In this year's highly anticipated game design keynote, The Sims creator and designer extraordinaire Will Wright offered insight into the research process followed in creating Maxis' upcoming title Spore. It was a highly entertaining session, where Wright hopped from subjects like astrobiology, Drake's equation on the probability of life in outer space, the Russian space program, Maxis' recruiting policies and the design of coal-mining cranes.
From a session structure standpoint, Wright decided to follow two parallel trains of thought, one (the “official” one) dealing with game design research methods, while the other (the one he actually wished he had talked about) focused on astrobiology research. This made the speech quite humorous, as Wright swapped subjects every few slides, advancing his two parallel lines until they fused in the conclusion. Obviously, the real goal was to discuss research methods, while using the astrobiology excuse to delve into the actual research done for Spore, and offer examples.
Wright began by discussing how and when research should be done: even before preproduction begins and, in his case, relying heavily on books about the game's subject. That's how he got into astrobiology, discovering the timeline of the universe, from a Big Bang some fourteen billion years ago, to the appearance of life on Earth around four billion years ago, and possibly on other planets as well. For Spore, this initial research led to simulation prototypes, which were just simple apps showing some of the underlying science principles visually. Wright showed as an example, a galaxy simulation software, where he could actually “plant” seeds of life and advance time to see how life forms expanded through space with time. Interestingly, he commented, many science prototypes needed to be built in order for some of these to become interesting in terms of gameplay. Only these were then refined to experiment with control and gameplay mechanics for the game. Obviously, this frequently led to more research, so the basic research-science prototype-gameplay prototype loop was closed.
By using these techniques, Wright could examine the different astrobiology theories and decide which ones would be used in the game, from Stanley Miller's pre-biotic soup from the fifties to more modern theories like panspermia (the pollination of life in space by means of spores traveling, both unintentionally and intentionally).
Wright explained how, at the end of the day, research should be useful in four areas: innovation, risk, fun and deep messages. Innovation was characterized as a clear sales driver, helping differentiate new games from simple clones on store shelves. In this respect, it helps widen the signal to noise ratio, where the signal would be the novel proposal versus the background noise of planar clones. In Spore, innovation drives procedural game content, making the player capable of creating new, unique creatures and universes. Innovation is also used to encourage player creativity, by allowing them to share their data. Finally, it also drives the need for an unbound game world within the game.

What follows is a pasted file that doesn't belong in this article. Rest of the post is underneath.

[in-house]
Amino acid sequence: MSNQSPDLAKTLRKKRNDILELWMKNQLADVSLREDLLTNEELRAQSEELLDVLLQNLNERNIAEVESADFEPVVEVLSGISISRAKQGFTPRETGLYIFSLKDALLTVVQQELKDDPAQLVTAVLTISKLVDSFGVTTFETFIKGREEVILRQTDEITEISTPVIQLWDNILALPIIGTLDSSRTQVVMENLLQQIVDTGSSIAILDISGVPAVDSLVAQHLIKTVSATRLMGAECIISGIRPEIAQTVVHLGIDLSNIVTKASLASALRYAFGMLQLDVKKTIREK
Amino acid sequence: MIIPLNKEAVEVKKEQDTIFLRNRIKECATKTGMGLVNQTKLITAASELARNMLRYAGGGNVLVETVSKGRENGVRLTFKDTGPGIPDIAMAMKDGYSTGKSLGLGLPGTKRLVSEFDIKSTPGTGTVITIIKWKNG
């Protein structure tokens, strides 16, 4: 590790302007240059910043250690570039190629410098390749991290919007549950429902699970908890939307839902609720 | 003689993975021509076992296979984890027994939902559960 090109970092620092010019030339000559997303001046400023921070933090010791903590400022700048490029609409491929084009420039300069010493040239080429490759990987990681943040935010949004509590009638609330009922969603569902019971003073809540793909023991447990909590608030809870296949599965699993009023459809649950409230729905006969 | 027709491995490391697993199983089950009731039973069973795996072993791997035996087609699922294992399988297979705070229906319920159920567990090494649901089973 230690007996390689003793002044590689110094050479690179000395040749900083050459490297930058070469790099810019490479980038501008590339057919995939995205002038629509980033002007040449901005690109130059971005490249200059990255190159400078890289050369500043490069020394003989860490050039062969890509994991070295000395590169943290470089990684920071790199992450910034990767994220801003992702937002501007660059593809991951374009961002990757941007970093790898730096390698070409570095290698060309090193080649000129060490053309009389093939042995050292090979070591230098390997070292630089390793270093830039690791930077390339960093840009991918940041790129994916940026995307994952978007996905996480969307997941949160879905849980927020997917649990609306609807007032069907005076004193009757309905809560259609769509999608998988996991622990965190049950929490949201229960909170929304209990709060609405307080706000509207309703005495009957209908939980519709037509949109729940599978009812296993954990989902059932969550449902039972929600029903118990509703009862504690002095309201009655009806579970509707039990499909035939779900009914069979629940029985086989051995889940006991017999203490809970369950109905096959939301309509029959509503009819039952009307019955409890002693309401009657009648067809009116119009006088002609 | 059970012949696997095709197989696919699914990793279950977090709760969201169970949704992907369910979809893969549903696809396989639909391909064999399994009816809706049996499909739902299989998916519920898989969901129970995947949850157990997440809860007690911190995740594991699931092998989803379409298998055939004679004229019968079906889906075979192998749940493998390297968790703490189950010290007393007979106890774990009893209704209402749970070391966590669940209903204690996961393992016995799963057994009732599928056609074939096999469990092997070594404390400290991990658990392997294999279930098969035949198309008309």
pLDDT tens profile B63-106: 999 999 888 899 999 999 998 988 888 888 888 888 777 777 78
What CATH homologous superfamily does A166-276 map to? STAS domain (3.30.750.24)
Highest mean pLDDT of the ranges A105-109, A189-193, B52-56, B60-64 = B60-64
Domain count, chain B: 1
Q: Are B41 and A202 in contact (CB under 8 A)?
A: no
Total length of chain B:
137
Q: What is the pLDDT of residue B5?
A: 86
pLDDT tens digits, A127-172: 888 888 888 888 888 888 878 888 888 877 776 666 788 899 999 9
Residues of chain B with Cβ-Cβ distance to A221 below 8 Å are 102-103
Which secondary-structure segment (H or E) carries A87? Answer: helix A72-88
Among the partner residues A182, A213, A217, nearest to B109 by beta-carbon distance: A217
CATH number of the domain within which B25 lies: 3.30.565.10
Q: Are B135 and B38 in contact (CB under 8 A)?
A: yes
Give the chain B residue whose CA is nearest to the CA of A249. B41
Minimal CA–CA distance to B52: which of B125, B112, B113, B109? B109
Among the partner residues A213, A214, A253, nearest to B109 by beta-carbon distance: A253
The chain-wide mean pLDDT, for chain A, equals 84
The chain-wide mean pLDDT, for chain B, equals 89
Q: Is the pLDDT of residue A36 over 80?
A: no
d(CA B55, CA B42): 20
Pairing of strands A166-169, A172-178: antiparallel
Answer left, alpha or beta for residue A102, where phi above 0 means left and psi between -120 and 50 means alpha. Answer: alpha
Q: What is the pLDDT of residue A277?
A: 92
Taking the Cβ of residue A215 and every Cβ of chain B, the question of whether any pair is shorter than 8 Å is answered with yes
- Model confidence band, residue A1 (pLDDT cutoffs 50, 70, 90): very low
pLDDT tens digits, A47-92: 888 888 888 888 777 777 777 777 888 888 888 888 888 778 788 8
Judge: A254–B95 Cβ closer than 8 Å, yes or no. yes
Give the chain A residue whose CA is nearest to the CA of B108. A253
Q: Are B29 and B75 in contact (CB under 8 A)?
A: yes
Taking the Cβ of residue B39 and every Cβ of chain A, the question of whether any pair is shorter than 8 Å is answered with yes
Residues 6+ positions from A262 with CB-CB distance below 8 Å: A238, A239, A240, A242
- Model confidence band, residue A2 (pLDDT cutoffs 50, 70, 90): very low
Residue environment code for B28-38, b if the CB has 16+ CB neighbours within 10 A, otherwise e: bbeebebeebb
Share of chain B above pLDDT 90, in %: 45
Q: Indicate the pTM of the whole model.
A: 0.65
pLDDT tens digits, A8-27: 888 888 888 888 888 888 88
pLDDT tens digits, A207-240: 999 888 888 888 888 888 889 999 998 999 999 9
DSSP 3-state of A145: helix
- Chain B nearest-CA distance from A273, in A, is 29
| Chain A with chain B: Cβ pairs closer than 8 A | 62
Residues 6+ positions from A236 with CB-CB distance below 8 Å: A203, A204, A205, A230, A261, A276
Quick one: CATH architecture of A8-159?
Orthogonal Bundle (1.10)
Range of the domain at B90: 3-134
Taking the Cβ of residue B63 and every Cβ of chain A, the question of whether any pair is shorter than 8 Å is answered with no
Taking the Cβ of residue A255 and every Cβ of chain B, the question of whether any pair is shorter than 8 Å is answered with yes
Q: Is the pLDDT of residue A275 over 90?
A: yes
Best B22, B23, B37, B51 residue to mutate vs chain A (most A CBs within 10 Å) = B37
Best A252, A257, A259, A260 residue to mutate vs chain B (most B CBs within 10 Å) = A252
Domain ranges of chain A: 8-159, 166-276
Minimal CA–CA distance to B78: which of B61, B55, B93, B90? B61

The second area where innovation can become useful is risk. Wright stated that risks can actually come from technology, design, production, marketing and even political (intra-company, that is) sources. In his current project, they identified sources of risk early on, to ensure the right steps were taken to control them, and overcome them in the end. For example, one of the main sources of risk with procedural content is the need for procedural animation techniques. These were tackled by Chris Hecker and Ken Perlin, pioneers in this area for over a decade. Similarly, measures were taken to assess the risk in editor usability for the game, the design scope of the product, the content production pipeline and the ways to use pollinated content (that is, user-generated data).
It was interesting how Wright explained that previous user editors actually produced a hyperbolic curve of quality vs. quantity: lots of poor quality content, and a smaller and smaller ratio of higher-value content. One of his goals with Spore's editor and pollination mechanisms was to increase this proportion, to ensure more people could create great stuff using the game's toolset.
In the end, Wright reflected on how games can be used to convey deep messages, to tell users something, and even maybe make them learn along the way. This was probably the best part of the talk, when Wright stressed how his game can actually become a vehicle for information sharing and education. In the case of Spore, his goal was to let players know that life in the universe is diverse, and comes in all sizes and colors. A second theme for the game would be that anyone, given the right tools, can be creative. Third, he wanted his audience to learn, by playing Spore, that the universe is not flat as we often see it portrayed in science books: it is a complex, three-dimensional space where planets, galaxies and solar systems can be aligned and oriented in a variety of ways. And last, but not least, he wanted his audience to get a real feeling of the size of a galaxy. We often forget that a regular spiral galaxy like our own Milky Way is “just” one hundred billion stars, each one maybe with its planets.
In the end, Will Wright's GDC 2006 keynote was surprising in terms of theme, but not in terms of the value of the information presented. Instead of a lecture on future game design methods we got a one-hour session on how to do proper research for next-gen games from one of our industry's brightest stars, and an insider's look at the research process for Spore. While no actual media from the game was shown (except for character sketches and some simple science demos), attendees were left with the clear impression that Will Wright's next-game may very well be the “Sim-everything” he wants it to be.